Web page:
Re: Whole house water pressure
Posted by Sylvan Tieger on April 30, 2004 at 23:18:56:
In response to Re: Whole house water pressure
: A plumber recently told me our water pressure from the street is too high at 81 psi. He attached a valve to an outside faucet to measure it--I saw the reading myself.
: We just moved into this house, so we don't know the plumbing history. How do I know this guy is not just trying to rip us off?
: If it is too high, how do we fix it?
: thanks.

There is NO SUCH THING as "nomal pressure"

I'm from New York and to answer it from NYC stand point I would figure the following.

Flow rate would depend on the fixture Units (FU) needed. A FU is based on 7.48 gallons. A Flushometer would require much more GPM's than a tank and bowl.

You would also have to size this piping besides the GPM required BUT you must take velocity into consideration as you certainly do not want to cause a premature piping failure due to erosion (normally no more than 8 FPS) as this could also cause hydraulic shock (water hammer) and noisy system. (You may want to contact the Copper Development Association for their recommendations.)

When using a graph you also should show friction losses through pipe and fittings (developed length) & consider the height factor. For pressure if your talking just hydrostatic you take the constant .434 x the height. This will give you no flow conditions. To figure the pressure required to elevate the water you take 2.31 x the incoming pressure to give you the height this water can reach BUT you still have to read the manufactures specifications as per friction loss per fitting and Then you must add into this pressure the REQUIRED min. press for the device you are going to operate.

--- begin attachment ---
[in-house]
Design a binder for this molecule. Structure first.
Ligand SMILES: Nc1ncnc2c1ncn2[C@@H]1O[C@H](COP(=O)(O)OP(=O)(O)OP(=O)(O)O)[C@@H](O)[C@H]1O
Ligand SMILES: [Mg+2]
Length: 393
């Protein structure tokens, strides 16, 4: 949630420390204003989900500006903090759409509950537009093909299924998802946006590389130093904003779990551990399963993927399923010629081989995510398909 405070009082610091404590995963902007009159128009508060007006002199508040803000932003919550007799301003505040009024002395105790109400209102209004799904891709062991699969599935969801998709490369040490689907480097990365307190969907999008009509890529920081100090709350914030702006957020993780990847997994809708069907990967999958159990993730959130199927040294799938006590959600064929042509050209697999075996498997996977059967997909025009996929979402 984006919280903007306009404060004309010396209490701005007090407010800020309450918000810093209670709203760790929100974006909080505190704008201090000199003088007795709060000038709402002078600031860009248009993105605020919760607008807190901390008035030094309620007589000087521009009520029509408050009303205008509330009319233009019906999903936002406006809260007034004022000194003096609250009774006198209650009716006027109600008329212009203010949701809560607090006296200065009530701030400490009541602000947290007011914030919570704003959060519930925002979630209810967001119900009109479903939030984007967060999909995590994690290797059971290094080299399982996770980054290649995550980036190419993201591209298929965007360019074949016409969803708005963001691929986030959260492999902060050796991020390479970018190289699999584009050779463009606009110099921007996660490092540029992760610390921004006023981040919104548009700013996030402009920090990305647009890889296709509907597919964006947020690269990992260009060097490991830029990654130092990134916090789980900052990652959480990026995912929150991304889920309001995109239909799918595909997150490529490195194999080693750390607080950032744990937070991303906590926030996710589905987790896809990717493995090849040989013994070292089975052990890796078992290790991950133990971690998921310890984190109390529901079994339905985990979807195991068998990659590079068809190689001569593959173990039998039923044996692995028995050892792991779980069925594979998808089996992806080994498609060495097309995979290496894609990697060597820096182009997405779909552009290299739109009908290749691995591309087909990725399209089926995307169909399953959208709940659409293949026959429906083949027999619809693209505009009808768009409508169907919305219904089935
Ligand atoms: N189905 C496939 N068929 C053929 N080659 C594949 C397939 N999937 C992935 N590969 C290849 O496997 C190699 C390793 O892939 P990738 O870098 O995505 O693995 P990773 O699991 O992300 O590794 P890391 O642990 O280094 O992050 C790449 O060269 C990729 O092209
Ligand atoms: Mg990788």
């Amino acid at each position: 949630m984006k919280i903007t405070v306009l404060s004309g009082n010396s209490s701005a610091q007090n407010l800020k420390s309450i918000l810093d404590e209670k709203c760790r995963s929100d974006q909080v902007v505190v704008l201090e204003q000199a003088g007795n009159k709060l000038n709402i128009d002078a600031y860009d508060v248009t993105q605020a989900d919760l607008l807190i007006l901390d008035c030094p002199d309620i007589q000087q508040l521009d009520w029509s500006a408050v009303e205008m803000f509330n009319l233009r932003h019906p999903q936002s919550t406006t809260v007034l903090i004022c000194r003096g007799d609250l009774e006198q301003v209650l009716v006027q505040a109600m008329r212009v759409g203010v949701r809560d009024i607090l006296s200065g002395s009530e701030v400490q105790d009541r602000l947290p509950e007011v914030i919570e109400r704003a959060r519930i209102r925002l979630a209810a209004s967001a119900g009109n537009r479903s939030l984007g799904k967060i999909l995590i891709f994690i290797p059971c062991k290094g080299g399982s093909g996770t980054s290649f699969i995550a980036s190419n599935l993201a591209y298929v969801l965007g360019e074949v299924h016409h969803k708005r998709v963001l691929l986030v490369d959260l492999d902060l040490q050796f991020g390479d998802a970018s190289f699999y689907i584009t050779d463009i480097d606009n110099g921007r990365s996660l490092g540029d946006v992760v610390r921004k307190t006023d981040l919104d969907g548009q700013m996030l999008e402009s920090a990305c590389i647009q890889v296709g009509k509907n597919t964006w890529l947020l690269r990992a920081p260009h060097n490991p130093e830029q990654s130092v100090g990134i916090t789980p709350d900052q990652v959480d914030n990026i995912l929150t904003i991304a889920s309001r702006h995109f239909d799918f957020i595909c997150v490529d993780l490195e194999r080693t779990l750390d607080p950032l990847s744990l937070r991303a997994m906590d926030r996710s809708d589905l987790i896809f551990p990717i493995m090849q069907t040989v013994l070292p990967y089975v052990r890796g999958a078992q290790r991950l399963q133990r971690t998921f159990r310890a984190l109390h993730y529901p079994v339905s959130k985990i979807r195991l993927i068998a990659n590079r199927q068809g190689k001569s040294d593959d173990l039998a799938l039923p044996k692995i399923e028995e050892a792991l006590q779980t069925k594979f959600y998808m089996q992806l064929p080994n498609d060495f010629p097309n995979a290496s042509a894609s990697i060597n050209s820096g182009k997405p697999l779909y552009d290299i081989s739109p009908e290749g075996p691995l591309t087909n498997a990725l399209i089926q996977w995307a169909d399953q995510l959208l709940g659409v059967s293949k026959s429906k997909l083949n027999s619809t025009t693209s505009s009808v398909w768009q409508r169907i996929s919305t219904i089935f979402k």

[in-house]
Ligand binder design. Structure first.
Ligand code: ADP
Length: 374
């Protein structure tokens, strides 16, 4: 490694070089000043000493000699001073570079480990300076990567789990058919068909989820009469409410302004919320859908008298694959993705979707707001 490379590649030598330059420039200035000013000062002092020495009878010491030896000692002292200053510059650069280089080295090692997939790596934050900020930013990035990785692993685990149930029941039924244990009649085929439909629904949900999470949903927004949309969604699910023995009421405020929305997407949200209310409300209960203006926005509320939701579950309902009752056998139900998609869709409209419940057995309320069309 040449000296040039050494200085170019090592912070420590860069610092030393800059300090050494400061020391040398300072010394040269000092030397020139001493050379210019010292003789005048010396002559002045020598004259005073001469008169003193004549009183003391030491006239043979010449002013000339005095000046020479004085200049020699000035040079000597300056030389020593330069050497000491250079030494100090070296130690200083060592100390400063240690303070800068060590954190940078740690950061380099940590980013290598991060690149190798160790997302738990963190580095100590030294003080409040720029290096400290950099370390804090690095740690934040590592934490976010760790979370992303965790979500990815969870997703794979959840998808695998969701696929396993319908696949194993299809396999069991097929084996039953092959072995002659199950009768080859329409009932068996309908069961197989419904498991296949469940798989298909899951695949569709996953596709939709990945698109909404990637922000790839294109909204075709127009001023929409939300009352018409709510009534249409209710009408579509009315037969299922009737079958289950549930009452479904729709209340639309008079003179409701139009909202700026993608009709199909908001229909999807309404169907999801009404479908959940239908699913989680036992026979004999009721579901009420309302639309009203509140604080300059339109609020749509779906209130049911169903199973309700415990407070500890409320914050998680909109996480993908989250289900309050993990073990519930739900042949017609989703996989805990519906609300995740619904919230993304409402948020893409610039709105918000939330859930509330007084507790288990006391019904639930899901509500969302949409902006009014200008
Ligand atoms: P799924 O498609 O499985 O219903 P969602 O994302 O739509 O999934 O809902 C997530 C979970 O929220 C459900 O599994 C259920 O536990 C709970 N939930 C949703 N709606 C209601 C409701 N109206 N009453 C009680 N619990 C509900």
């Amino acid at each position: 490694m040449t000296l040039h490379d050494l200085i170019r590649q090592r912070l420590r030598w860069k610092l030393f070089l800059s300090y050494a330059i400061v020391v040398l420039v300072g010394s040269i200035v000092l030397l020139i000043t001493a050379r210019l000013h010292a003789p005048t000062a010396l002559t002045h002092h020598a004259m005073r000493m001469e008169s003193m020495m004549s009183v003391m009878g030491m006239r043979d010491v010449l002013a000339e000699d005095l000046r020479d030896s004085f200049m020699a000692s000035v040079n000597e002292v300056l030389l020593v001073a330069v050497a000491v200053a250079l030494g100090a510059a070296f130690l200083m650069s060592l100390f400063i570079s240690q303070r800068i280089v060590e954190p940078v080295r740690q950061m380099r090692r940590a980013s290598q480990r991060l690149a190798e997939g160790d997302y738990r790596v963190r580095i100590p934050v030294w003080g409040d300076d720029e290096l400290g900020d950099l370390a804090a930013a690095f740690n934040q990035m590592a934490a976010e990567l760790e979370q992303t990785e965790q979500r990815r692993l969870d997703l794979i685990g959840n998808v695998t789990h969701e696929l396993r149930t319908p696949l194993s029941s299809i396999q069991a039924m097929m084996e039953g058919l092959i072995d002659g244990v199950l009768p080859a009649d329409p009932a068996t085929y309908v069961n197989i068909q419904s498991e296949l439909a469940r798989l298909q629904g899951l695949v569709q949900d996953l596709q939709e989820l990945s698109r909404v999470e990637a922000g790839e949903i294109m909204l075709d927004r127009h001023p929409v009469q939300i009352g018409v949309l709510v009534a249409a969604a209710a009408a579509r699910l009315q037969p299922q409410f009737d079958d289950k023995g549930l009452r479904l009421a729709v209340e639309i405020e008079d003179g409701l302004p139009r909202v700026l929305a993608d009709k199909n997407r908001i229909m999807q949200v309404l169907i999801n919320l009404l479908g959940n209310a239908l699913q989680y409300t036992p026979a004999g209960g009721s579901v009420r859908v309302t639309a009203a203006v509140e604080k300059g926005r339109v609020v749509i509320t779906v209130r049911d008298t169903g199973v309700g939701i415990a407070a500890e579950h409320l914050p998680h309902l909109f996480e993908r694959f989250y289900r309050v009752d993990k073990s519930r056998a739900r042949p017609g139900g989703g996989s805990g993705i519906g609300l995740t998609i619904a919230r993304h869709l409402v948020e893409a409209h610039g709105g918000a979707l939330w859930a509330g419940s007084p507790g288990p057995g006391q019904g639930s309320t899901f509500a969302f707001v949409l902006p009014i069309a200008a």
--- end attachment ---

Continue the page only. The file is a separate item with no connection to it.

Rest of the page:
Never ASS U, ME as you make an ass of you and me.

ASSUME NOTHING plumbing is a science and each system should be designed. This is not a one size fits all. You can design a system by figuring that only 75% of this system would be used at one and base your piping sizes to this factor.

I hate a one pressure fits all mentality as folks running for examaple a hydronic heating line would certainly not want to have a velocity in excess of 3 FPS with any water temperature AT 180 degrees or higher.

There are so many factors in plunbing and too many folks rather guess or use a very wide pressure range then doing the actual hoework required to being a "professional plumber"

Your plumber sounds like he is right on the money

Saying 40 -60 PSI is "average" sure leaves a lot to be desired when installing a piping system sight unseen.

Is this a ranch or a multi story dwelling?

Are there water meters that add a lot of friction loss. What size main. many one family homes I work in have an 11/2 Brass main YET I would never say 1"-2" is normal as some folks do have a fire suppression system (NFPA 13) taken off the water main

What kind of materials are used for the piping.

See it is not al that simple UNLESS your following
the SPC/SBCCI then just about anything is ok as long as one really doesnt take health issues into consideration.

Not all "codes" are good for civilized countries BUT pay offs have been known to have been made and inspectors can be bought so good luck.

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